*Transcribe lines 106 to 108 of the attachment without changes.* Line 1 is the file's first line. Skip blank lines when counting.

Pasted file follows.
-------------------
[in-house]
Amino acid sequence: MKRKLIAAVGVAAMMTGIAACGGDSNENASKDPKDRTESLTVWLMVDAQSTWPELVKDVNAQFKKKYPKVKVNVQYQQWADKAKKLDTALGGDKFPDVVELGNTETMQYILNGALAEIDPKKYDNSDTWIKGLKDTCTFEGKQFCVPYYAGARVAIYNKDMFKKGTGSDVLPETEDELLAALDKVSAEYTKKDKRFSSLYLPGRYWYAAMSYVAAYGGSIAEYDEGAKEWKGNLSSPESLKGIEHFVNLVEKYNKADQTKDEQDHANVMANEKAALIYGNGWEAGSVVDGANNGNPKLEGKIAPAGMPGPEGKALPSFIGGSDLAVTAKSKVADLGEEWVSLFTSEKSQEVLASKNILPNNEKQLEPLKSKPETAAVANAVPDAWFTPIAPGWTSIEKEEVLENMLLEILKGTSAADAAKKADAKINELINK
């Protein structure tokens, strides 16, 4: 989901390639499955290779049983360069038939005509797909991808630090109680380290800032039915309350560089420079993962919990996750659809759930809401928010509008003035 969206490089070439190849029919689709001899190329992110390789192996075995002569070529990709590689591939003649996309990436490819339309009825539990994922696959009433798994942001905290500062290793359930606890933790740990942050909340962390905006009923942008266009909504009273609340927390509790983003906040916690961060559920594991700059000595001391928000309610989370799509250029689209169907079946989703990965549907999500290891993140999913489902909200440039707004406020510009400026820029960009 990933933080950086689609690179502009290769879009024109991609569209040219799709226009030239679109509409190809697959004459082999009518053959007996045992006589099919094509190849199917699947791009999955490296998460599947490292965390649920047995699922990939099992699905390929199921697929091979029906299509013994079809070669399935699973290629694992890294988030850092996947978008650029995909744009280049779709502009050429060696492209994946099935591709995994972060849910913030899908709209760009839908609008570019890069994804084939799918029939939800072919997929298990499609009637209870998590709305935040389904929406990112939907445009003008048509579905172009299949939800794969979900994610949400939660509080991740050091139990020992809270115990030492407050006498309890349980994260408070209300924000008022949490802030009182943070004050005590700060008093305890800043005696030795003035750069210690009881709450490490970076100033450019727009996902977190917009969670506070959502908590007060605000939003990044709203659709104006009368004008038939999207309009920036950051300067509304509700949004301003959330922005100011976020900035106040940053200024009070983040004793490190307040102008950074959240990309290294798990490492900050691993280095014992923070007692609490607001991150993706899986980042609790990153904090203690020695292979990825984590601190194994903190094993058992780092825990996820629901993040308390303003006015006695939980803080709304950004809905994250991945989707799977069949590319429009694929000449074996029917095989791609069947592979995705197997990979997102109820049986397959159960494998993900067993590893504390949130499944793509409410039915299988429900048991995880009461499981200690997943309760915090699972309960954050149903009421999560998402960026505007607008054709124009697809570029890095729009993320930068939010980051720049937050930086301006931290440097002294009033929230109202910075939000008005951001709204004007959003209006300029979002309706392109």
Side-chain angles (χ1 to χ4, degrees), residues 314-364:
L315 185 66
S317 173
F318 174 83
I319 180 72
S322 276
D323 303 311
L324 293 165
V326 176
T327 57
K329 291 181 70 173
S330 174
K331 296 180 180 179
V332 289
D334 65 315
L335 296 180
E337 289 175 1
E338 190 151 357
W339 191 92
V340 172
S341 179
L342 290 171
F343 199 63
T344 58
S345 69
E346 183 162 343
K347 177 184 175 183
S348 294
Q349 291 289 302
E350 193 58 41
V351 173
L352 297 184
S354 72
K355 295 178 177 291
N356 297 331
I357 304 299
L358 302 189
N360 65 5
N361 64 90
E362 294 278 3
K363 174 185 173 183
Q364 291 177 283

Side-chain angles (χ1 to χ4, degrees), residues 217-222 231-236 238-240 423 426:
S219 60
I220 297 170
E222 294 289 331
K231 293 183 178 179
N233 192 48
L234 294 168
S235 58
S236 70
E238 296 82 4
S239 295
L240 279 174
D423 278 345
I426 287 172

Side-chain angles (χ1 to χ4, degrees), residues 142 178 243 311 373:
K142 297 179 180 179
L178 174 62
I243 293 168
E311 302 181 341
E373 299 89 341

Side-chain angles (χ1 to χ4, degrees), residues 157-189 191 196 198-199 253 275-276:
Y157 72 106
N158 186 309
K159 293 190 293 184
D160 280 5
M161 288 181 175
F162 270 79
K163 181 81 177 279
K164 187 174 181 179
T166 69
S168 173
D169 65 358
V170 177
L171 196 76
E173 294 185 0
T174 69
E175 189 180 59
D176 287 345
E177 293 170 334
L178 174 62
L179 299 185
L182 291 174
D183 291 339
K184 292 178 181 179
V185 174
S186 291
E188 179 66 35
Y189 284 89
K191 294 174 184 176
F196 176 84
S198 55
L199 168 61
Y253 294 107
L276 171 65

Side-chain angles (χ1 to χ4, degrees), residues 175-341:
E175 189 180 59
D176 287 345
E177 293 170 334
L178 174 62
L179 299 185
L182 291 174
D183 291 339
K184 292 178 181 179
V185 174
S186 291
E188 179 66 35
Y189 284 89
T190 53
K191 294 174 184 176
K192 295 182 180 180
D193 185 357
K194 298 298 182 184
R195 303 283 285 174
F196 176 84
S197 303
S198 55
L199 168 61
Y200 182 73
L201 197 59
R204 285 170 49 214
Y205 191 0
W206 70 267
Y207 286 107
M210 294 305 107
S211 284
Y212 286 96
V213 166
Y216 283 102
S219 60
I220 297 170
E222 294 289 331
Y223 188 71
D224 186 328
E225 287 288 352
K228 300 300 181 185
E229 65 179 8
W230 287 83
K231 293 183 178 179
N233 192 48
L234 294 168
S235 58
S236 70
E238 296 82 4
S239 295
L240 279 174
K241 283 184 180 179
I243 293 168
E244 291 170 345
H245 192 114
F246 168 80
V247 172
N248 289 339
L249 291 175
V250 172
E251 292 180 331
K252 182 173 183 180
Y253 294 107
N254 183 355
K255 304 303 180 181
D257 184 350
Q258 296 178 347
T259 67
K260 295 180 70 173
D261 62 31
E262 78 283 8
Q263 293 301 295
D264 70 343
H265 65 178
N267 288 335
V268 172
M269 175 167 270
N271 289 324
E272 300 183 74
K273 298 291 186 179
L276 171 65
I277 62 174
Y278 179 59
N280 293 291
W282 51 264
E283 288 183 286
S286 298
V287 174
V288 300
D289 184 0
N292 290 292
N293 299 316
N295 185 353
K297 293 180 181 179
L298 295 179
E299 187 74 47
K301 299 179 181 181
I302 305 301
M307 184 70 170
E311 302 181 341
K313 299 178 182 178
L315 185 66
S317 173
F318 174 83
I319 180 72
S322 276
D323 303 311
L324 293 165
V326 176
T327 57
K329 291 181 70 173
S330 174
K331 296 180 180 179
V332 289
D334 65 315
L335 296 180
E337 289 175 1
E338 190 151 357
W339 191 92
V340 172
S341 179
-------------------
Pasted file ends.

L182 291 174
D183 291 339
K184 292 178 181 179